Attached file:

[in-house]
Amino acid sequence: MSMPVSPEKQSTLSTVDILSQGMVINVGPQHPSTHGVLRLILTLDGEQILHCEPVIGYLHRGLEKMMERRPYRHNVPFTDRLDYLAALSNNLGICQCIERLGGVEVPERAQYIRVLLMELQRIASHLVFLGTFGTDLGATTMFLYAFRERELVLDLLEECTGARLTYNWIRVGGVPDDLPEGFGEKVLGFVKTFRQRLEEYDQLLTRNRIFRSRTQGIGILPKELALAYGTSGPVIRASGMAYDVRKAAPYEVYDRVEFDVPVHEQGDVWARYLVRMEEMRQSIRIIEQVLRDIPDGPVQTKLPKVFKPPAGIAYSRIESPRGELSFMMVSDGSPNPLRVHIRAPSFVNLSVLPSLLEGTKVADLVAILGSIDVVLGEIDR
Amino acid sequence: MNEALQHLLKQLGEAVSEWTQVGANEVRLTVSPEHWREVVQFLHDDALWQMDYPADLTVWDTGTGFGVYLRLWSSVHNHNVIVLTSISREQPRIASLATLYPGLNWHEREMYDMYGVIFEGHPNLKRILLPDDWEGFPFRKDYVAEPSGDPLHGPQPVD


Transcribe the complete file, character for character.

[in-house]
Amino acid sequence: MSMPVSPEKQSTLSTVDILSQGMVINVGPQHPSTHGVLRLILTLDGEQILHCEPVIGYLHRGLEKMMERRPYRHNVPFTDRLDYLAALSNNLGICQCIERLGGVEVPERAQYIRVLLMELQRIASHLVFLGTFGTDLGATTMFLYAFRERELVLDLLEECTGARLTYNWIRVGGVPDDLPEGFGEKVLGFVKTFRQRLEEYDQLLTRNRIFRSRTQGIGILPKELALAYGTSGPVIRASGMAYDVRKAAPYEVYDRVEFDVPVHEQGDVWARYLVRMEEMRQSIRIIEQVLRDIPDGPVQTKLPKVFKPPAGIAYSRIESPRGELSFMMVSDGSPNPLRVHIRAPSFVNLSVLPSLLEGTKVADLVAILGSIDVVLGEIDR
Amino acid sequence: MNEALQHLLKQLGEAVSEWTQVGANEVRLTVSPEHWREVVQFLHDDALWQMDYPADLTVWDTGTGFGVYLRLWSSVHNHNVIVLTSISREQPRIASLATLYPGLNWHEREMYDMYGVIFEGHPNLKRILLPDDWEGFPFRKDYVAEPSGDPLHGPQPVD